Plaintiffs assert and defendants do not deny that the property reports and statements of record currently being filed with OILSR do not contain information concerning the impact of the registered subdivision on the environment. The information generally concerns the impact of the environment on the subdivision itselfe. g., possibility of flooding, soil erosion, and the like. What plaintiffs apparently prefer is an environmental impact statement for each subdivision, which is foreclosed by Flint Ridge. Rather than abandon the claim, plaintiffs have reworded it so that HUD would not be required to prepare its own environmental impact statement for each subdivision, but rather would require developers to include that same information in the property reports and statements of record themselves.

The difficulty with plaintiffs' request is that currently ILSA and the applicable regulations promulgated pursuant thereto do not require such information. Acknowledging this, plaintiffs urge the court to require defendants to institute rulemaking proceedings to adopt rules and regulations designed to supplement the statements with this information. This we decline to do for three reasons.

First, the Supreme Court, in Flint Ridge, made clear that it would not order the Secretary to institute rulemaking proceedings. The respondent environmental protection group in that case was told that it "may request the Secretary to institute a rulemaking proceeding to consider the desirability of ordering such disclosure." Flint Ridge, supra 96 S. Ct. at 2440. This court will not order the Secretary to do that which the Supreme Court has so recently told her she may do "if [she] finds it necessary for protection of purchasers or in the public interest." Id. 96 S. Ct. at 2440.

Second, defendants have initiated sua sponte rulemaking concerning just this area. This action, discussed by defendants' counsel at oral argument and documented by an exhibit labelled Advance Notice of Proposed RulemakingStatement of Record and Property Report, was taken in response to the Court's discussion in Flint Ridge. Among the questions the notice states will be addressed is "Are the environmental disclosure requirements in the current regulations adequate." Plaintiffs argue in effect that this is too little too late. While the notice is, considering its origin, surprisingly brief and to the point, it cannot be condemned as an abandonment of *586 HUD's duties under NEPA. It may be appropriate for HUD to expand this notice by a statement that it is intended to consider the full range of environmental information that would seem to be required by NEPA.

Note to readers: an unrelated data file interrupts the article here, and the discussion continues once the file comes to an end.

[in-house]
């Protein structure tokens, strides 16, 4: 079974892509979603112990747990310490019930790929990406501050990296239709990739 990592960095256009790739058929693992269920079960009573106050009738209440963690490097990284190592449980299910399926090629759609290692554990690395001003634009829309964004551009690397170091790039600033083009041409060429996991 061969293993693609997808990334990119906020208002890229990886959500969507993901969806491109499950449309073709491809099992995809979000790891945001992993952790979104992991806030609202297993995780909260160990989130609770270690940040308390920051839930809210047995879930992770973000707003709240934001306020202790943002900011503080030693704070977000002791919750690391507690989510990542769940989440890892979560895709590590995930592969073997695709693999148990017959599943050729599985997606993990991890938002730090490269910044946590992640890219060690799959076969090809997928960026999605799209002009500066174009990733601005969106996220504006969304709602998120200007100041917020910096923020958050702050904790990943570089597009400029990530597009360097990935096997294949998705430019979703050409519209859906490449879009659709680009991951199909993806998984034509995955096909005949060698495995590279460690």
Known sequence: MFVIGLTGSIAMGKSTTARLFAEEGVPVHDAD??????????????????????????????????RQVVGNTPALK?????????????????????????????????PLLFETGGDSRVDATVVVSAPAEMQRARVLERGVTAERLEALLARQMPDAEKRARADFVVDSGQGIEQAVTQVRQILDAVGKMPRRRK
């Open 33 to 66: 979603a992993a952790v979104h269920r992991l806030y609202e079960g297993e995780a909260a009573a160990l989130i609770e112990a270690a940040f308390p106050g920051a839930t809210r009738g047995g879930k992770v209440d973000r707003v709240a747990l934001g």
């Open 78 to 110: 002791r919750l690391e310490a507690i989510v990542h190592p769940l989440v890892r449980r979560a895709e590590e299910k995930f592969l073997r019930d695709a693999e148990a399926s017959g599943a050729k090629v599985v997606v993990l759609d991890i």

Third, it is not this court's function to draft rules and regulations for administrative agencies to be submitted to them for promulgation. Such usurpation of administrative power would ill serve the orderly operation of the federal government. Nor would such action pay proper respect to the division of power inherent in the Constitution and the Administrative Procedure Act, 5 U.S.C. § 551 et seq.

Plaintiffs contend that the failure of this court to order rulemaking will subject them once again to the "bureaucratic shuffle," since they in fact requested rulemaking in a letter to the former administrator of OILSR on February 21, 1975. That letter included, as one of four requests for "courses of action" by OILSR, "that you revise the rules and regulations of [OILSR] to comply with the procedural requirements of NEPA and CEQ and that such revisions be made according to the procedural requirements of the Administrative Procedure Act, 5 U.S.C. § 551 et seq." The response to that request declined any immediate action, taking note of the pendency of Flint Ridge Development Co. v. Scenic Rivers Association. Letter from John R. McDowell to James Kurtz-Phelan, March 12, 1975. HUD has since instituted the rulemaking proceeding discussed above, which presumably will deal with many if not all of the elements requested by plaintiffs. Whether we find now that plaintiffs have not exhausted their administrative remedies before seeking judicial review of the refusal to engage in rulemaking, or that a finding of exhaustion is mooted by HUD's subsequent actions, the result is the same: plaintiffs should bring their concerns to HUD in the forum provided by HUD. Subsequent adverse actions by HUD, assuming other requirements are met, would probably be judicially reviewable.